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x/|x|<x-------x<x|x|.....for +ve x...|x| > 1...for -ve x .....|x| < 1....that means x can be -1<x<0....or x > 1....in any case it has to be > -1

lets suppose x be 0.5 which is more than -1. 0.5/l0.5l=1 which is not less than 0.5.

ya but in no case x can be < -1.....it has to be > -1....but not bet 0 and 1.....x > 1 is wrong.....as the eqn also satisfies when x = -1/2

baner, unclear to me.... pls be specific.

Let's imagine a number line with points -1, 0 and 1.....as u can see x can't be <-1...e.g. x = -2......-1 < -2....will not satisfy....

Now let's see -1<x<0......x = -1/2.....-1 < -1/2.....satisfies
Now for 0<x<1.....x = 1/2.....1 < 1/2.....will not satisfy....
For x > 1....x = 2.....1 < 2....satisfies

As u see the soln lies in the following categories:
-1<x<0
x > 1

In all case x > -1 even tho it can't be 0<x<1.....altho I think the ques is lil weird.

x/|x|<x if x>0, then 1/x<1 ie, x>1 if x<0, then 1/(-x)>1, ie, x>-1

So combine these two, we know that x must be greater than -1.

baner is right, (B).

i think we need AkamaiBrah.

if so, then why 0<x>1 does not fit in the inequality x/|x|<x? i mean why all the values for x>-1 donot satisfy the inequality x/|x|<x? pls do explain........................

Last edited by MA on 06 Feb 2005, 21:50, edited 1 time in total.

It doesn't say that all x greater than -1 would satisfy the equation. We get two range of x that satisfies the equation (-1,0) and (1,infinite). All that the answer says is that every x in our solution ranges are greater than -1, which is true.

I believe we're debating solution B, which says x>-1 must be always true.

I can pick positive 1 as an integer that is greater than -1, but does not satisfy x/|x|<x.

If x = +1,
x/|x| = 1 which is not < 1. (1=1)

Now, if there's just one value of x > -1 that does not satisfy the inequality, then we can't say x>-1 is always true.
If you look at my previous post, I've not said I'm solving for x, i'm just stating values of x that hold true for the inequality. I came up with x<-1, and x>1.

Let me give you another example. Lets say we have two sets of integers.
S1=(0), S2=(2,3,4)
Now we know that x belongs to S1 or S2. Ask what must be true for x:
(A) x>1
(B) x>-1

(A) is obviously wrong
Because x could be an element of S1 or S2. If x belongs to S1, then it would be 0, and it is NOT greater than 1.
(B) is, however, correct
No matter which set x belongs, x is greater than -1.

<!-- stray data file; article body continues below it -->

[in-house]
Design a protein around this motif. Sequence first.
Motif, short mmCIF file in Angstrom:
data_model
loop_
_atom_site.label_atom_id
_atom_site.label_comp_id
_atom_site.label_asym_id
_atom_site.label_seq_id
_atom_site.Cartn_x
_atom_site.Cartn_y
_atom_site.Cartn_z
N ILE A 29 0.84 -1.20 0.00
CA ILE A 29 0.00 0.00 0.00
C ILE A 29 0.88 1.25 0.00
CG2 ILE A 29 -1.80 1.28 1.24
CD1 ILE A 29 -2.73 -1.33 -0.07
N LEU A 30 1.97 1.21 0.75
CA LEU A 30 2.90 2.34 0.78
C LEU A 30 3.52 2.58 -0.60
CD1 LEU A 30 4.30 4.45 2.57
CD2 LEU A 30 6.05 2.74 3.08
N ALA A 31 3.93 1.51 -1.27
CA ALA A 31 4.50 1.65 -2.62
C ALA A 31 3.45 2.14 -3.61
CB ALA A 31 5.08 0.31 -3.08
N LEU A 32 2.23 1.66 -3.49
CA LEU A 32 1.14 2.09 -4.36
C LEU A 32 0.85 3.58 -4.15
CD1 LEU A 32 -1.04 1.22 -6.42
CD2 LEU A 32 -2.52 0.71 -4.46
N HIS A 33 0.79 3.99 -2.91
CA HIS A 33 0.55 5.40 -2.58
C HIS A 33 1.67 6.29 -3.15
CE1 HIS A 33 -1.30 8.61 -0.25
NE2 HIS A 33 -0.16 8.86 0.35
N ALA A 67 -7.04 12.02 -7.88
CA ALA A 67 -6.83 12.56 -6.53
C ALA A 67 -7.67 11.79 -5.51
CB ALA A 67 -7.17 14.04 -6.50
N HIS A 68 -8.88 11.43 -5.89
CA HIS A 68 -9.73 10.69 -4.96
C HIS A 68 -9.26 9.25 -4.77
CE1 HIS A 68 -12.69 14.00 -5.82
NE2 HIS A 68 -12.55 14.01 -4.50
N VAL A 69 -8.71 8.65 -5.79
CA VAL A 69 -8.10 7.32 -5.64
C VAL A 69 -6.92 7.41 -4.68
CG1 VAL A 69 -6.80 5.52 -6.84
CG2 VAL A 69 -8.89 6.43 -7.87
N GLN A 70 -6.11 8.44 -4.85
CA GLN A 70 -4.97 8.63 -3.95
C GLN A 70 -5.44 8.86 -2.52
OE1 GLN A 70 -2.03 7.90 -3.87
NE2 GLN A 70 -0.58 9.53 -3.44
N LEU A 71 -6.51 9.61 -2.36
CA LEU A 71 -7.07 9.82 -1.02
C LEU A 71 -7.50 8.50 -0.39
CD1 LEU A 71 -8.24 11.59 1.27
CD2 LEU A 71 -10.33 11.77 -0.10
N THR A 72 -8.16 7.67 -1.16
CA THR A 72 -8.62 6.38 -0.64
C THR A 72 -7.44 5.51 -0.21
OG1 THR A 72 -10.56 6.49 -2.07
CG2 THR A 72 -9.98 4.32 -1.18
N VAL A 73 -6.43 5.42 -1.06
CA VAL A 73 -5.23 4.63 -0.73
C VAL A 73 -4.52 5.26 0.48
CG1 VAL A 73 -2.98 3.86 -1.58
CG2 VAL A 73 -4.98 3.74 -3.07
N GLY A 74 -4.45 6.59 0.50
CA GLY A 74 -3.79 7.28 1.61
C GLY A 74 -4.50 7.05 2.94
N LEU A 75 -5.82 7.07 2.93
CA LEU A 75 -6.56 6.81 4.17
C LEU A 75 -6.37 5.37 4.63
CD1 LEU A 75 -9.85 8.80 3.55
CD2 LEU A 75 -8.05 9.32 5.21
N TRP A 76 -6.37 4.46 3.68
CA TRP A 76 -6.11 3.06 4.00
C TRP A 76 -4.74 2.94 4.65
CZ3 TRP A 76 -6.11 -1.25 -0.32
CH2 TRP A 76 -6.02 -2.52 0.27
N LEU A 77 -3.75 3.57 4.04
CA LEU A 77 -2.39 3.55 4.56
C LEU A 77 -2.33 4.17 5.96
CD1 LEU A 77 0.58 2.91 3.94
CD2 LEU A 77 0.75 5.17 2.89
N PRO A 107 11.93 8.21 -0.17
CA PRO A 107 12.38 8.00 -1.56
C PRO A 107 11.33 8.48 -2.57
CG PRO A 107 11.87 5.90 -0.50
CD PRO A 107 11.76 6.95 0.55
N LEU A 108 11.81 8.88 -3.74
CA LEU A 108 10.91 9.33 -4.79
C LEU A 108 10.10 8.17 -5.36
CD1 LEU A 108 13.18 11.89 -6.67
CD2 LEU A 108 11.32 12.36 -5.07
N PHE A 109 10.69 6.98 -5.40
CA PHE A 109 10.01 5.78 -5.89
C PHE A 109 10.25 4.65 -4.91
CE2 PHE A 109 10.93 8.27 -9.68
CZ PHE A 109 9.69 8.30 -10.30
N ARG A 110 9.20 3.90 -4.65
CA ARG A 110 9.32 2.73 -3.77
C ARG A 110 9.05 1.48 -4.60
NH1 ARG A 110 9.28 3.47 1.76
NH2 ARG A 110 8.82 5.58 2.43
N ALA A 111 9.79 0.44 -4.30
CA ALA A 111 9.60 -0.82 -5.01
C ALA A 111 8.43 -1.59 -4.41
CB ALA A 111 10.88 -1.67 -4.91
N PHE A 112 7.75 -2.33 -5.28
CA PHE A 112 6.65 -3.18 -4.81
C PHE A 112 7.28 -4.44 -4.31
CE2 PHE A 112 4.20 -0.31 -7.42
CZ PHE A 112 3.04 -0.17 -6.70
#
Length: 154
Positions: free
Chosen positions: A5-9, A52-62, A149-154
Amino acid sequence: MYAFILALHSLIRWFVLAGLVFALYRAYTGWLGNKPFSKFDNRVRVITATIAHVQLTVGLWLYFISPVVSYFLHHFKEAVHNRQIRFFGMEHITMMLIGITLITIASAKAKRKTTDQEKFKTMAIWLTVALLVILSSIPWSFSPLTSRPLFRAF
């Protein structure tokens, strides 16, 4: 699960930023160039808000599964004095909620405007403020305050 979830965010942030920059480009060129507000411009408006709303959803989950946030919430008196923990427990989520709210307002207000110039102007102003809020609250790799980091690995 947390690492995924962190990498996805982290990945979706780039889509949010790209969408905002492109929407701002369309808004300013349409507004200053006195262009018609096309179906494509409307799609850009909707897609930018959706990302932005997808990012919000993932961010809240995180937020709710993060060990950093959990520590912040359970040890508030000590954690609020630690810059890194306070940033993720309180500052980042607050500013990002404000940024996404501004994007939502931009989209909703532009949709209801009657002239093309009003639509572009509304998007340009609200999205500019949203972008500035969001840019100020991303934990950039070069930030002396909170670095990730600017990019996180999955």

You cannot say that well what about x=1? It satisfies x>-1, but is not in either S1 or S2. The mistake you are having here, is instead of A->B, you are trying to say B->A.

Let me give you another example. Lets say we have two sets of integers. S1=(0), S2=(2,3,4) Now we know that x belongs to S1 or S2. Ask what must be true for x: (A) x>1 (B) x>-1

(A) is obviously wrong Because x could be an element of S1 or S2. If x belongs to S1, then it would be 0, and it is NOT greater than 1. (B) is, however, correct No matter which set x belongs, x is greater than -1. You cannot say that well what about x=1? It satisfies x>-1, but is not in either S1 or S2. The mistake you are having here, is instead of A->B, you are trying to say B->A.

Glad to see that I am not the only one in minority here, I am sticking with my ans "B" till we get the OA.

My example is completely parallel to the question, only in the integer and limited form.

Look:

HongHu wrote:

(A) cannot be correct, people.

Let me give you another example. Lets say we have two sets of integers. S1=(0), S2=(2,3,4) Now we know that x belongs to S1 or S2. Ask what must be true for x: (A) x>1 (B) x>-1

Compare it with:
S1=(-1,0), S2=(1,infinity)
We know x belongs to S1 or S2. What must be true for x?

x/|x|<x, which of the following must be true about x ?

A. x>1 B. x>-1 C. |x|<1 D. |x|=1 E. |x|^2>1

We are given that \(\frac{x}{|x|}<x\) (this is a true inequality), so first of all we should find the ranges of \(x\) for which this inequality holds true.

\(\frac{x}{|x|}< x\) multiply both sides of inequality by \(|x|\) (side note: we can safely do this as absolute value is non-negative and in this case we know it's not zero too) --> \(x<x|x|\) --> \(x(|x|-1)>0\): Either \(x>0\) and \(|x|-1>0\), so \(x>1\) or \(x<-1\) --> \(x>1\); Or \(x<0\) and \(|x|-1<0\), so \(-1<x<1\) --> \(-1<x<0\).

So we have that: \(-1<x<0\) or \(x>1\). Note \(x\) is ONLY from these ranges.

Option B says: \(x>-1\) --> ANY \(x\) from above two ranges would be more than -1, so B is always true.

Answer: B.

nonameee wrote:

Quote:

x/|x|<x. which of the following must be true about x ?

a) x>1 b) x>-1 c) |x|<1 d) |x|=1 e) |x|^2>1

Bunuel, I think there's a mistake in the question or in the answer choices:

Here's my solution: 1) x<0: -x/x < x -1<x<0

2) x>=0 x/x<x x>1

The solution of the inequality is then: -1<x<0 union x>1

The answer can't be B, since let x=1/2. We get: (1/2)/(1/2) < (1/2) 1< 1/2 Contradiction.

I think the answer should be A since it satisfies all the scenarios.

Can you please clarify?

The options are not supposed to be the solutions of inequality \(\frac{x}{|x|}<x\).

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